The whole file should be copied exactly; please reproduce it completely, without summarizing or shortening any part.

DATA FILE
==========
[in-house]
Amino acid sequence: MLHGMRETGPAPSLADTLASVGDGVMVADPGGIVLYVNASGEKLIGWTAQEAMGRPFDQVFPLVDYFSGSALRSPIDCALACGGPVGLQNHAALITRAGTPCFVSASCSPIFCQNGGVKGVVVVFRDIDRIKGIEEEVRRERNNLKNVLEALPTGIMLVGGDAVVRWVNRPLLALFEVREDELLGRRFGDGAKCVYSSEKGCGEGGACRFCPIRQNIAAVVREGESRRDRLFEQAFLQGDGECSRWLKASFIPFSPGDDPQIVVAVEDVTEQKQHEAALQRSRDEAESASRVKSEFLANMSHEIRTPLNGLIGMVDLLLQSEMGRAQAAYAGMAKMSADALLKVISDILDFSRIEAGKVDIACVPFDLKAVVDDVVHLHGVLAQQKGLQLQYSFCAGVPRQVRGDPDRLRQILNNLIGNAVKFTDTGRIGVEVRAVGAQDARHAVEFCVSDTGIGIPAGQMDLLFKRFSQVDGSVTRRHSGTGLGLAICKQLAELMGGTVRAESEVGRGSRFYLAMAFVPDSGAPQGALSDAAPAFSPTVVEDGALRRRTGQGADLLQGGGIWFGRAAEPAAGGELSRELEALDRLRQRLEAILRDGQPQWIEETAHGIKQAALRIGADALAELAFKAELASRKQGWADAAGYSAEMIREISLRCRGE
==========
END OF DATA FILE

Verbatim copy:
[in-house]
Amino acid sequence: MLHGMRETGPAPSLADTLASVGDGVMVADPGGIVLYVNASGEKLIGWTAQEAMGRPFDQVFPLVDYFSGSALRSPIDCALACGGPVGLQNHAALITRAGTPCFVSASCSPIFCQNGGVKGVVVVFRDIDRIKGIEEEVRRERNNLKNVLEALPTGIMLVGGDAVVRWVNRPLLALFEVREDELLGRRFGDGAKCVYSSEKGCGEGGACRFCPIRQNIAAVVREGESRRDRLFEQAFLQGDGECSRWLKASFIPFSPGDDPQIVVAVEDVTEQKQHEAALQRSRDEAESASRVKSEFLANMSHEIRTPLNGLIGMVDLLLQSEMGRAQAAYAGMAKMSADALLKVISDILDFSRIEAGKVDIACVPFDLKAVVDDVVHLHGVLAQQKGLQLQYSFCAGVPRQVRGDPDRLRQILNNLIGNAVKFTDTGRIGVEVRAVGAQDARHAVEFCVSDTGIGIPAGQMDLLFKRFSQVDGSVTRRHSGTGLGLAICKQLAELMGGTVRAESEVGRGSRFYLAMAFVPDSGAPQGALSDAAPAFSPTVVEDGALRRRTGQGADLLQGGGIWFGRAAEPAAGGELSRELEALDRLRQRLEAILRDGQPQWIEETAHGIKQAALRIGADALAELAFKAELASRKQGWADAAGYSAEMIREISLRCRGE